• Categories  

    The Canadian Index of Multiple Deprivation (CIMD) is an area-based index which used 2016 Census of Population microdata to measure four key dimensions of deprivation at the dissemination area (DA)-level: residential instability, economic dependency, situational vulnerability and ethno-cultural composition. Using factor analysis, DA-level factor scores were calculated for each dimension. Within a dimension, ordered scores were assigned a quintile value, 1 through 5, where 1 represents the least deprived and 5 represents the most deprived. The CIMD allows for an understanding of inequalities in various measures of health and social well-being. While it is a geographically-based index of deprivation and marginalization, it can also be used as a proxy for an individual. The CIMD has the potential to be widely used by researchers on a variety of topics related to socio-economic research. Other uses for the index may include: policy planning and evaluation, or resource allocation.

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    “Ecumene” is a term used by geographers, meaning “inhabited lands.” Populated places in the ecumene database are referenced using natural boundaries, as opposed to administrative or census boundaries, and provide a more suitable means for integrating socio-economic data with ecological and environmental data in a region. The Canadian Ecumene GeoDatabase 3.0 includes the custom boundaries for more than 3,000 populated areas across Canada, many of which were derived from remote-sensing “night-lights” imagery. Each ecumene place has a corresponding set of attributes pertaining to place name, province, ecozone, indigenous communities, and other descriptive information, as well as an initial custom set of demographic variables derived from Statistics Canada Census and National Household Survey data for 2001, 2006, 2011 and 2016. A number of additional layers are also included that map the extents of Canada's ecumene in alternate ways, using transportation and utility networks, nightlights imagery, and population density. (NOTE: In the list below, the V2 Shape, KML, and TIFF files have not changed for the CanEcumene 3.0) Provided layer: The Canadian Ecumene (CanEcumene) 3.0 GIS Database ============================================================================================ Database Citation (Update): Eddy, B.G., Muggridge, M., LeBlanc, R., Osmond, J., Kean, C., and Boyd, E. 2023. The CanEcumene 3.0 GIS Database. Federal Geospatial Platform (FGP), Natural Resources Canada. https://open.canada.ca Methods Publication Citation: Eddy B, Muggridge M, LeBlanc R, Osmond J, Kean C, Boyd E (2020) An Ecological Approach for Mapping Socio-Economic Data in Support of Ecosystems Analysis: Examples in Mapping Canada’s Forest Ecumene. One Ecosystem 5: e55881. https://doi.org/10.3897/oneeco.5.e55881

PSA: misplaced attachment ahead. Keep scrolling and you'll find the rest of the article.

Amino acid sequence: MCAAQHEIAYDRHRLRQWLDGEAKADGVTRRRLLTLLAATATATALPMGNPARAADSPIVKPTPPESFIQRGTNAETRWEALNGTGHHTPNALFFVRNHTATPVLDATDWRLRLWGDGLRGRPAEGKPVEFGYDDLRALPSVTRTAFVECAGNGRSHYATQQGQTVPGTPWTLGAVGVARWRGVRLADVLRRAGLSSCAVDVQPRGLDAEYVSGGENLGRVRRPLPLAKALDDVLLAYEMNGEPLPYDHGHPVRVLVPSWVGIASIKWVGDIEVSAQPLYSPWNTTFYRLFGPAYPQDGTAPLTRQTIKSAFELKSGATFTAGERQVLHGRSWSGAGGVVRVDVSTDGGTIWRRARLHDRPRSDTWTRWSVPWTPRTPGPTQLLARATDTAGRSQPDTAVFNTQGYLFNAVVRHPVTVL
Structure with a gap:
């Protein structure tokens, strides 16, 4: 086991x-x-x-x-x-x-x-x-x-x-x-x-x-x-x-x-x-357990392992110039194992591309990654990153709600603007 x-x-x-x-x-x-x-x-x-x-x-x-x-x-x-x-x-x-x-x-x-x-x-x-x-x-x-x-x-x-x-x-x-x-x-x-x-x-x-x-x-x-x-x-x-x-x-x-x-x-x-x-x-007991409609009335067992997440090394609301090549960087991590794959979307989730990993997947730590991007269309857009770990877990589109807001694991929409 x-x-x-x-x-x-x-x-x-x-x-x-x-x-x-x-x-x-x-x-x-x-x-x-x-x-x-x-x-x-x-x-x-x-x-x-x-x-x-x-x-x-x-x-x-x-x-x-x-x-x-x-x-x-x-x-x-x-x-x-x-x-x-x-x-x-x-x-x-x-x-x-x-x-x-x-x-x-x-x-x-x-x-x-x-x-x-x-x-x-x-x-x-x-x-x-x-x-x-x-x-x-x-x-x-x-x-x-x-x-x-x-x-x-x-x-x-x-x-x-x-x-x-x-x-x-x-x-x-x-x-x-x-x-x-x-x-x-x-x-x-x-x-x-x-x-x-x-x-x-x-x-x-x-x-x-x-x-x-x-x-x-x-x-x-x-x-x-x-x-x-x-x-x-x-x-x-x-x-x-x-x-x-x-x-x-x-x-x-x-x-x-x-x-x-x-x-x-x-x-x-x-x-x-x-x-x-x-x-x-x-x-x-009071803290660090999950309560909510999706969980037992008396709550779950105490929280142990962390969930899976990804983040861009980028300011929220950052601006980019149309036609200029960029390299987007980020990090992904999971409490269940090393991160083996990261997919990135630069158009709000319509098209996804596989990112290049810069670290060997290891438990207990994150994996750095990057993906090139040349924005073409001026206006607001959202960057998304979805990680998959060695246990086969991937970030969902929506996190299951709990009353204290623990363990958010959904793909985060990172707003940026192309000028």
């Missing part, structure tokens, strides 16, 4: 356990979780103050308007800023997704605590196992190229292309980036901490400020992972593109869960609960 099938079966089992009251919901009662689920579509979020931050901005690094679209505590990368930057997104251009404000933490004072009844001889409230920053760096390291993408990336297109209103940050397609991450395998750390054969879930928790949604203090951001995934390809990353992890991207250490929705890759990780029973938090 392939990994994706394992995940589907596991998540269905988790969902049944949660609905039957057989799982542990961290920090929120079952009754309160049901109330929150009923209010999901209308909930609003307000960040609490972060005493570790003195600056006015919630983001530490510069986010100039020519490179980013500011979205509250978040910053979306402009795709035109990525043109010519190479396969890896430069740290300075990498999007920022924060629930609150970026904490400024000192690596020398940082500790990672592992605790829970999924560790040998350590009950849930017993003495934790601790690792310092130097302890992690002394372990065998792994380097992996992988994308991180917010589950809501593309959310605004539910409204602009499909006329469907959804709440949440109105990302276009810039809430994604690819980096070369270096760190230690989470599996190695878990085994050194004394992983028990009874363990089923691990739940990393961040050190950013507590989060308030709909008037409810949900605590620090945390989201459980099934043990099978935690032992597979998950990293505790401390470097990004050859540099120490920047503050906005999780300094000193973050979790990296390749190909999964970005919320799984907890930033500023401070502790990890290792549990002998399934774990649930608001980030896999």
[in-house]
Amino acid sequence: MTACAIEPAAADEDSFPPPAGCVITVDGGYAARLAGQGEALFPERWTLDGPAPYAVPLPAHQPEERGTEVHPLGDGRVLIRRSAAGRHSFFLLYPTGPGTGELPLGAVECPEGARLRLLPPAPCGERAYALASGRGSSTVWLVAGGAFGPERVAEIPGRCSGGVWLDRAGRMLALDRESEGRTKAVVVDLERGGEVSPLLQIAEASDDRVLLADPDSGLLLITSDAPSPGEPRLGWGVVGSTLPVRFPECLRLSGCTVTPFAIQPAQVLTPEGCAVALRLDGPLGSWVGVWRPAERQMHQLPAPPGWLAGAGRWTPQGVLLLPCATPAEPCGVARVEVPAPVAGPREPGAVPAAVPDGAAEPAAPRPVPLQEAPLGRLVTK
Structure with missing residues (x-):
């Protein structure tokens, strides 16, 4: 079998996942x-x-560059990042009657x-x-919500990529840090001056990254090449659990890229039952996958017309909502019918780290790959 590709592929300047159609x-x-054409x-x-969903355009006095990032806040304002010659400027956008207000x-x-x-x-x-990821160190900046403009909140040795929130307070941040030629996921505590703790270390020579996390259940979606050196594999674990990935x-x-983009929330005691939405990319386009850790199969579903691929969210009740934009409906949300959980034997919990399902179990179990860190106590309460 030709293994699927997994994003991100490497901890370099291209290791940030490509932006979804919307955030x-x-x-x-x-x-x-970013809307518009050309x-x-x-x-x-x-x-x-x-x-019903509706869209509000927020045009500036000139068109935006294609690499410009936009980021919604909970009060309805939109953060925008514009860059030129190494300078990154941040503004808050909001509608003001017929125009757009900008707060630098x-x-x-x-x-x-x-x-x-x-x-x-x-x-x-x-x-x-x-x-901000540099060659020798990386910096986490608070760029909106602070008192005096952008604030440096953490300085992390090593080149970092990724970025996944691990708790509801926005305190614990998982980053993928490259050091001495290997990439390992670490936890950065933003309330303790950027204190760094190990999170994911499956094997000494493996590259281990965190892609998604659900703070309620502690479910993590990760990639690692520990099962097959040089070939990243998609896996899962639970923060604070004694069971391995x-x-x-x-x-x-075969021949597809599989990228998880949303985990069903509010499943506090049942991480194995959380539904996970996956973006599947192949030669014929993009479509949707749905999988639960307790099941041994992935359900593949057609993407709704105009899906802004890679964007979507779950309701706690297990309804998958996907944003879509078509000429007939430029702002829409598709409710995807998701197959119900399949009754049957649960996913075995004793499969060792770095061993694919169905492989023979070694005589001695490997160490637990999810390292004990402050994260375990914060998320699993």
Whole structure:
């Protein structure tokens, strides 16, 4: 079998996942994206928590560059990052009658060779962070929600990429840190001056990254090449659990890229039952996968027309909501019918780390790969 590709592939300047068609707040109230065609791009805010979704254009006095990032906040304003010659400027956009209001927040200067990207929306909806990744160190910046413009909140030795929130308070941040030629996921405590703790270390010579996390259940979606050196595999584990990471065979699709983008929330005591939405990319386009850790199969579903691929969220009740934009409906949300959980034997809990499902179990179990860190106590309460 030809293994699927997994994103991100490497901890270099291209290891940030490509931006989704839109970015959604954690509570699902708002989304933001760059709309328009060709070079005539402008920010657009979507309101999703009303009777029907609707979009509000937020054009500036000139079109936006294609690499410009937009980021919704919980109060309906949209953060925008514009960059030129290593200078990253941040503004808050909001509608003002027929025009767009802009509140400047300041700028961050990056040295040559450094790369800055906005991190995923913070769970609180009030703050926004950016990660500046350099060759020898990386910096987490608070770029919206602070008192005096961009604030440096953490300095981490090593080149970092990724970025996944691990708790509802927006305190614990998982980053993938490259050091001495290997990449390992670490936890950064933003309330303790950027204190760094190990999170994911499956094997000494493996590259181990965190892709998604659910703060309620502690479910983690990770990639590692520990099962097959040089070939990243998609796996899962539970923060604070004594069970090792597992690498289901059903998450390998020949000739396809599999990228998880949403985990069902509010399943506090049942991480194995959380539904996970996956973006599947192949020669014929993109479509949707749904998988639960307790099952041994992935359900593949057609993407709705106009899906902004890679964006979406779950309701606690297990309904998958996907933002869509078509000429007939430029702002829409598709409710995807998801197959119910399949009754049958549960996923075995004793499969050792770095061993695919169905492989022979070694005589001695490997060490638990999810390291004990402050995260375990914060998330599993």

• This service shows the percentage of population, excluding institutional residents, with knowledge of English and French for Canada by 2016 census subdivision. The data is from the Census Profile, Statistics Canada Catalogue no. 98-316-X2016001. Knowledge of official languages refers to whether the person can conduct a conversation in English only, French only, in both languages or in neither language. For a child who has not yet learned to speak, this includes languages that the child is learning to speak at home. For additional information refer to 'Knowledge of official languages' in the 2016 Census Dictionary. For additional information refer to 'Knowledge of official languages' in the 2016 Census Dictionary. To have a cartographic representation of the ecumene with this socio-economic indicator, it is recommended to add as the first layer, the “NRCan - 2016 population ecumene by census subdivision” web service, accessible in the data resources section below.